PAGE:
Past Life Perspective book cover

How can past life therapy contribute to overcoming prejudice and other forms of social injustice?

One of the things I love about past life work is the fact that we experience ourselves as having lived as a different race, religion, nationality, gender or sexual orientation, and having held dramatically different belief systems than we do now. This leads to a greater understanding and compassion for those who we may disagree with or have a hard time understanding in the present time. We find out that, many times, we have actually walked in their shoes and believed what they believe just as strongly as we hold our beliefs now. I like to call past life work “the great equalizer.” It points out the commonality of our human experiences, which transcends temporary differences. 

How can confronting a past life issue open the door to healing a current life physical ailment? Do we often see physical problems or marks transcend lives?

This is always one of the most fascinating areas, when injuries from our prior lifetimes seem to come through and manifest in our current life. This may be seen as pain or injuries in the same location in the body, or it may come through more benignly as a birthmark in the same location as a past life injury. In my work I have found that when physical issues are carried through, they are typically also connected to an emotional or relational issue. At times, when we unearth the past life origin and work with the physical trauma and the emotional/relational aspect, we can actually release the physical issue in the current life, as I described with the issue with my feet. Other times we are able to at least understand more about the physical challenge, and work with the associated aspects that the recurring physical symptom is asking us to resolve. There are a number of client stories in The Past Life Perspective that include fascinating physical aspects.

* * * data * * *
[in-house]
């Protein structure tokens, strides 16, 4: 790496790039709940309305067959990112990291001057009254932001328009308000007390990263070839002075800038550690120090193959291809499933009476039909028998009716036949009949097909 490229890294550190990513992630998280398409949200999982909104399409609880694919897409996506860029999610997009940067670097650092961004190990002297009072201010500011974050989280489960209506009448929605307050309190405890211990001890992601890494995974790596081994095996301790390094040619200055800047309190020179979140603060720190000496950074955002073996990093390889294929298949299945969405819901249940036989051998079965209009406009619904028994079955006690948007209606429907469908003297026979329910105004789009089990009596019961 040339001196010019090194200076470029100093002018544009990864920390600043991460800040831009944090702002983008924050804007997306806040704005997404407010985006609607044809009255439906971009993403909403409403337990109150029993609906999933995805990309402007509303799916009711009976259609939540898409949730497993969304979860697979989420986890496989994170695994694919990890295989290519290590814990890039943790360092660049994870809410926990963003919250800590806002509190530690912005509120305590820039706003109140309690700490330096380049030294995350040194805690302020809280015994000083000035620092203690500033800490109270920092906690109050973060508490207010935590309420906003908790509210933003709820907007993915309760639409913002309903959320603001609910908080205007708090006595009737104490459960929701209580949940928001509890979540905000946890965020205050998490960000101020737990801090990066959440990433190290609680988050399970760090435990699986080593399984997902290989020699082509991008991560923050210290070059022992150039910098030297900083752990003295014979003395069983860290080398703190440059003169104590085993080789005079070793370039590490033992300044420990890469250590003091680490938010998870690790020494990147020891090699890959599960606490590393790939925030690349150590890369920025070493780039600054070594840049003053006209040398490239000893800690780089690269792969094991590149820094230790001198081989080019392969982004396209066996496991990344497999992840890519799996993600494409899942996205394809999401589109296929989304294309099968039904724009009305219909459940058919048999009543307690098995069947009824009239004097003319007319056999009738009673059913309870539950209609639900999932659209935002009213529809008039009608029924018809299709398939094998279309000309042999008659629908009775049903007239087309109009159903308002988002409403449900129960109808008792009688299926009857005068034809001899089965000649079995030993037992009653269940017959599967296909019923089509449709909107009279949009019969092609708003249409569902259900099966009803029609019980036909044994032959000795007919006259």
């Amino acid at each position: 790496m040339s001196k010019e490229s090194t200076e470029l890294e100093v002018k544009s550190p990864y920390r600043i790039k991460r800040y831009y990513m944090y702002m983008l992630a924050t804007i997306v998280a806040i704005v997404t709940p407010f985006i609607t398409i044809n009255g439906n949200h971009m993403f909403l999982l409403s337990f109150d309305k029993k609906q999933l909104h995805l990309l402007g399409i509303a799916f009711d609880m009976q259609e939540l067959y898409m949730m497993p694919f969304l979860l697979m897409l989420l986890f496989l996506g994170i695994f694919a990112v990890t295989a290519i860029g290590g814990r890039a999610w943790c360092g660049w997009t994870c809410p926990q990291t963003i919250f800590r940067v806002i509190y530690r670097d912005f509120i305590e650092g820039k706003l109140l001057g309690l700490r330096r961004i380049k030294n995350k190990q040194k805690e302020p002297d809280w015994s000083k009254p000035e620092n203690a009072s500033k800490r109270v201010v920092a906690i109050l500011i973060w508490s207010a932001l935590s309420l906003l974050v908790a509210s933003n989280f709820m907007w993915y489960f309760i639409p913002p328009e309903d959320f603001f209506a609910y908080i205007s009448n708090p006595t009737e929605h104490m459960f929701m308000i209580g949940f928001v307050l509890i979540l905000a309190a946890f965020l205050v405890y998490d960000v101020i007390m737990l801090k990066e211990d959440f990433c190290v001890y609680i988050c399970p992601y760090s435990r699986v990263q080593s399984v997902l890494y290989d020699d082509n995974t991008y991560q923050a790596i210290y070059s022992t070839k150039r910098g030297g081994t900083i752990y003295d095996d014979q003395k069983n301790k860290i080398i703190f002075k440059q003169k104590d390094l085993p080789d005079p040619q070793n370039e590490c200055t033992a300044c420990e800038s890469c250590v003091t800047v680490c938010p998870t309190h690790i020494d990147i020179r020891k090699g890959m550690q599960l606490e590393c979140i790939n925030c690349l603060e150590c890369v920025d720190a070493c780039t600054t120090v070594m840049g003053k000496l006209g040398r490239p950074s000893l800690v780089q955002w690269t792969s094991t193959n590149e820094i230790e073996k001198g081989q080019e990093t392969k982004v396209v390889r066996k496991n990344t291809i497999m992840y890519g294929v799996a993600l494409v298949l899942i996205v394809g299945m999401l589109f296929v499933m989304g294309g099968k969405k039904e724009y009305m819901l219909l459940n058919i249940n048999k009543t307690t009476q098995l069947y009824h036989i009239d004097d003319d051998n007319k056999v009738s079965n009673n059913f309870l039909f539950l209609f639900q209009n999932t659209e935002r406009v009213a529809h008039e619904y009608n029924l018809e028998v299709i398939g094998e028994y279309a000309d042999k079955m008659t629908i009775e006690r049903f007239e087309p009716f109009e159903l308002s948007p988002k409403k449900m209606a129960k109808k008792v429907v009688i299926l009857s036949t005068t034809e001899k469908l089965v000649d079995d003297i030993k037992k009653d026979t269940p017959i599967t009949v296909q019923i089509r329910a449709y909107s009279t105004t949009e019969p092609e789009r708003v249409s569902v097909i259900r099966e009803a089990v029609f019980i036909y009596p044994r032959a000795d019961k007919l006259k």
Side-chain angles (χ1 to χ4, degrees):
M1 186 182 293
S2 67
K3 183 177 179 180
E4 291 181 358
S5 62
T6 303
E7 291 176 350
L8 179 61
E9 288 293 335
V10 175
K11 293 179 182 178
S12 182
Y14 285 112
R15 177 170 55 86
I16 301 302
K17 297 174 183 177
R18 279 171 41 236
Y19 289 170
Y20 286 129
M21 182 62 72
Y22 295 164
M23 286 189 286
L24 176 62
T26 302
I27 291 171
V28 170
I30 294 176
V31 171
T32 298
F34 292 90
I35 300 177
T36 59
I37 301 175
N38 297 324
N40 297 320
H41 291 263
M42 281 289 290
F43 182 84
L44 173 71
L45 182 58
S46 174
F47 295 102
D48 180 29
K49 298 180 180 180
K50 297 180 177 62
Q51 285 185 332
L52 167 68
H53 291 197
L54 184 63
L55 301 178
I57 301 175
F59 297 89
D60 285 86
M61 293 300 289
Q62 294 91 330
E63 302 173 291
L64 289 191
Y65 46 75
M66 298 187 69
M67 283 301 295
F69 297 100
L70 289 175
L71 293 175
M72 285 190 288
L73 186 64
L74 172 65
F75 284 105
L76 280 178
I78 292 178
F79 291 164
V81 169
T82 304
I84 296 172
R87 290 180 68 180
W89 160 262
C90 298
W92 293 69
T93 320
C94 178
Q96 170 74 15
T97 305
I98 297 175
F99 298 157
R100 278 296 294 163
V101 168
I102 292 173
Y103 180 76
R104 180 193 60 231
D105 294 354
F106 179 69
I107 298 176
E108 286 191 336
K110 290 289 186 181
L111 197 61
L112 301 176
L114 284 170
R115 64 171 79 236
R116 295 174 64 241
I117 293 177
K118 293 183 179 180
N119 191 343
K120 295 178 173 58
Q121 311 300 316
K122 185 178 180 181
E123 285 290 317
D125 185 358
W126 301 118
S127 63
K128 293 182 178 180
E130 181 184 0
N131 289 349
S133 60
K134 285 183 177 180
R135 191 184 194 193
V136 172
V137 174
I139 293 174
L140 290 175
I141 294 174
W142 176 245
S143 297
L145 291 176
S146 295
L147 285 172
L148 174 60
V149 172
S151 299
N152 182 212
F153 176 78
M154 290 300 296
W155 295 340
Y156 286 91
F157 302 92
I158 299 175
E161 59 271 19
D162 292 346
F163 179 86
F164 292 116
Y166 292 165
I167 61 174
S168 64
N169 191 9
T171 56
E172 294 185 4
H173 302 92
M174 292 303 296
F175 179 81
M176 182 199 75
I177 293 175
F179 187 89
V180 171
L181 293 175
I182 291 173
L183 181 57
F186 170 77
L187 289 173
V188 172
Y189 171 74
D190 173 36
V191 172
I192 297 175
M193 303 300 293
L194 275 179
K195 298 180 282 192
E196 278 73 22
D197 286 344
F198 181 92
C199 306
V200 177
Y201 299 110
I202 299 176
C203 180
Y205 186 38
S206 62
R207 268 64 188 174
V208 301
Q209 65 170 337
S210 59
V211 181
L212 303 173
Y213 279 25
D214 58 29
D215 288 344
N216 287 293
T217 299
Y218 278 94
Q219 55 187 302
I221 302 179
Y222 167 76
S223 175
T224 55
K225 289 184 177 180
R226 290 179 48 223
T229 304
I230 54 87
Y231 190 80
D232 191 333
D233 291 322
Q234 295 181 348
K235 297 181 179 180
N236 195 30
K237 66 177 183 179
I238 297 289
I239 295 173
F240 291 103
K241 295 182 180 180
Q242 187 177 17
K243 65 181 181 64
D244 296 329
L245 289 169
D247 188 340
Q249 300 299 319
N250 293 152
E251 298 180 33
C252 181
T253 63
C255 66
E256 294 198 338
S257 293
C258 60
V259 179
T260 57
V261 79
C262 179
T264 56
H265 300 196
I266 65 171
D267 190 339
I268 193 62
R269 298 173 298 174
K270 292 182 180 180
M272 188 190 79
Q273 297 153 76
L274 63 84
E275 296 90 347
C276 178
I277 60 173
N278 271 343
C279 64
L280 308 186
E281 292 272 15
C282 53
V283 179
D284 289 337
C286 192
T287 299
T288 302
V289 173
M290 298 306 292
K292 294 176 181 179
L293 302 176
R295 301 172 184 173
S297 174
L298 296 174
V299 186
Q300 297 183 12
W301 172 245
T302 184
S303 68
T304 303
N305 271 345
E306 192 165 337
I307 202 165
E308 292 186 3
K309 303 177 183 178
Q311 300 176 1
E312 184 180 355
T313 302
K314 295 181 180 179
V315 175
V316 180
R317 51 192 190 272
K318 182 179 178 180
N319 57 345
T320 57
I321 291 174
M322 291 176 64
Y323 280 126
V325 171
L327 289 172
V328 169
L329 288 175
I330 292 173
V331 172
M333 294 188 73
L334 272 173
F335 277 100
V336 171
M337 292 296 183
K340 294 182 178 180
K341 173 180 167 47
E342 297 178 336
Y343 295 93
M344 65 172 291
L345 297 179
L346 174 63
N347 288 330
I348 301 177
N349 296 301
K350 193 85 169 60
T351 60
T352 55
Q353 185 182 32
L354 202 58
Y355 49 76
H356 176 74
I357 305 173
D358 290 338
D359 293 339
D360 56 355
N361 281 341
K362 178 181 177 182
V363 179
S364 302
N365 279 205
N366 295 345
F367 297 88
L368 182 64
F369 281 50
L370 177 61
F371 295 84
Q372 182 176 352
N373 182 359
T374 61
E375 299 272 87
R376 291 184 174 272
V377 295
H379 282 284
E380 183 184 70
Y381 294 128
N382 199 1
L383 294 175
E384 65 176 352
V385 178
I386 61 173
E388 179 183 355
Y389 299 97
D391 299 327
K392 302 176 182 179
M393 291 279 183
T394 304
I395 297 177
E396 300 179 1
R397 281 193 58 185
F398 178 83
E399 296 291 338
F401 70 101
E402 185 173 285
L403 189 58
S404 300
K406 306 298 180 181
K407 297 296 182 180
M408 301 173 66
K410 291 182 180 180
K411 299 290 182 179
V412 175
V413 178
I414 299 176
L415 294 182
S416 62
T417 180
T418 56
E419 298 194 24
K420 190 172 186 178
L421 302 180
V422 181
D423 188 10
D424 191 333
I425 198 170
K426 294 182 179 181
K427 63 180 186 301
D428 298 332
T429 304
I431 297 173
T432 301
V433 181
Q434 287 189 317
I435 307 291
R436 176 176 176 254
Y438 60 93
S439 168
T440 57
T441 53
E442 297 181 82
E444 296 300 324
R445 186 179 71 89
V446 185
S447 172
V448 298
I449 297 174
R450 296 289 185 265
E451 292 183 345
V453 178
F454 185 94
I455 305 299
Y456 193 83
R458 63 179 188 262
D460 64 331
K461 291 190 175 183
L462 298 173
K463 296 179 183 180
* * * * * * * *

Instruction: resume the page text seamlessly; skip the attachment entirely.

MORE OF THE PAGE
Does this work ever get too intense for you? Some of these memories are horrific… What motivates you to keep doing this work?

Many sessions do get quite intense, and I pace myself so I’m always fresh and able to be fully present for each client. Sometimes that means playing a lot of tennis to get grounded again! The very fact, however, that we often see so many examples of man’s inhumanity to man over the ages is one of the things that keeps me motivated. The more we are able to unearth these memories and release their hold on individuals, the more progress we will make as a whole. You can’t go to a lifetime where you were the victim of extreme violence or prejudice and not be convinced that this should never happen to others. At the same time there are also many wonderful stories and profoundly fulfilling lifetimes that we visit. Working with people on such a deep level and helping them to be more effective and more spiritually connected in their current lives is my true motivation.

Where do you think our souls go in between lifetimes?

Most clients experience going to a wonderful, profoundly peaceful, joy and love-filled realm where they reconnect with ‘source’ – be that god or whatever you want to call it – and with other beings who are significant to them. I believe there is a non-physical dimension in which our souls reside and from which our human personalities are animated. Each individual human personality merges with that soul identity after death.